May 7, 2016 | By Benedict

Sportwear company Under Armour has received the A’ Design Award in the Footwear, Shoes and Boots category for its 3D printed Architech training shoe. The shoe was released in a limited batch of 96 pairs, selling out in 19 minutes.

In the footwear game, speed is everything—and not just on the running track. When Maryland-based sportswear company Under Armour released the first 3D printed training shoe for the consumer market back in March, both the sporting and tech worlds took note. A month later, New Balance released its own 3D printed running shoe, the Zante Generate, but it was Under Armour who crossed the finish line first, and in some style.

In late April, Under Armour’s groundbreaking achievement was formally recognized by some highly respected voices in the design community. In Como, Italy, the Maryland company was awarded the A’ Footwear, Shoes and Boots Design Award, an international design accolade, for its “Architech” 3D printed shoe. A panel of 83 experts, including artists, stylists, and academics, reached the decision, with over a hundred other categories, such as furniture, lighting, and home appliance design, also evaluated.

The impressive 3D printed Architech shoe is the result of two years of hard work by design team Alan Guyan, John Acevedo, and Alan Toronjo. Over that busy period, the trio researched organic shapes and structures, which eventually inspired the 3D printed lattice design used in the shoe. This lattice structure purportedly provides a high level of dynamic stability for the wearer, and is most easily realized with the help of a 3D printer. No wonder the design is becoming popular in medical 3D printing and the aerospace industry. The 3D printed lattice structure makes up the entire midsole of the Architech, with the upper part of the design featuring a 3D “Auxetic" pattern which stretches to adapt to the shape of the foot.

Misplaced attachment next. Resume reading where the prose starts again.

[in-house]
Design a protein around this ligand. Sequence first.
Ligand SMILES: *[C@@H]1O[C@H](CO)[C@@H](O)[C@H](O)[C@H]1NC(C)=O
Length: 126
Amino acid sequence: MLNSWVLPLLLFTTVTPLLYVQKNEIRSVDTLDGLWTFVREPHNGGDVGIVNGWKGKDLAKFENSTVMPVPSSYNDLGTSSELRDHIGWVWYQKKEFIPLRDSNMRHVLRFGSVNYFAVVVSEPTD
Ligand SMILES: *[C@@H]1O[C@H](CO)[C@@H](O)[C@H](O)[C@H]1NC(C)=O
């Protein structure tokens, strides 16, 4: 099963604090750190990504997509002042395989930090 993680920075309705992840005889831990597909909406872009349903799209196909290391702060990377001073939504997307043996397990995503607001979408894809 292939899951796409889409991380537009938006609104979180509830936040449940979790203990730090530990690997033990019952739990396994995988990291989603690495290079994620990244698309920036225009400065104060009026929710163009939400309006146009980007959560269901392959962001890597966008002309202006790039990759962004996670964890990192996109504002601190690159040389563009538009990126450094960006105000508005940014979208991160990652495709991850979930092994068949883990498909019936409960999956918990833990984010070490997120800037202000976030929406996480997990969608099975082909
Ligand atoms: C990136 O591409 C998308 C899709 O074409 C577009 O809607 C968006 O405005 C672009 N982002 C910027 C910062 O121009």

Most importantly for Under Armour, punters have been sufficiently inspired by the 3D printed design to pay big money for the shoes: the $300 Architech was initially released in a limited batch of 96 pairs, which sold out in just 19 minutes on the company’s website. This positive response has led the company to continue down the 3D printing path: "We will continue to test and learn with this technology and customization," said Under Armour CEO Kevin Plank. "You can expect new 3D printed iterations later this year."

Six other entrants also received the A’ Design Award in the shoe category, with Tehran-based Atossa 3D printed footwear also flying the flag for additively manufactured shoes—theirs being more fashion-oriented than Under Armour’s sporting design. Under Armour, however, received the special honor of a “Platinum” award, granting Guyan, Acevedo, and Toronjo an invitation to a special black-tie awards ceremony in Italy.

To ensure a fair process, each member of the A’ Design Award panel submitted their vote anonymously. A jury member in the fashion category left the following anonymous feedback for the Under Armour 3D printed shoe: ”This design is truly amazing and appealing. For the first time in my life, I honestly [desire] and feel the urge to have a sports shoe. It is good to see innovation again blossoming at footwear design field.”

Receiving the design award provides good press for Under Armour, but business appears to be booming regardless: Under Armour stock surged on April 21 after the company posted impressive Q1 earnings which far surpassed analyst expectations. Footwear sales improved 64% year over year to $264 million, representing over a quarter of total sales.



Posted in 3D Printer Company



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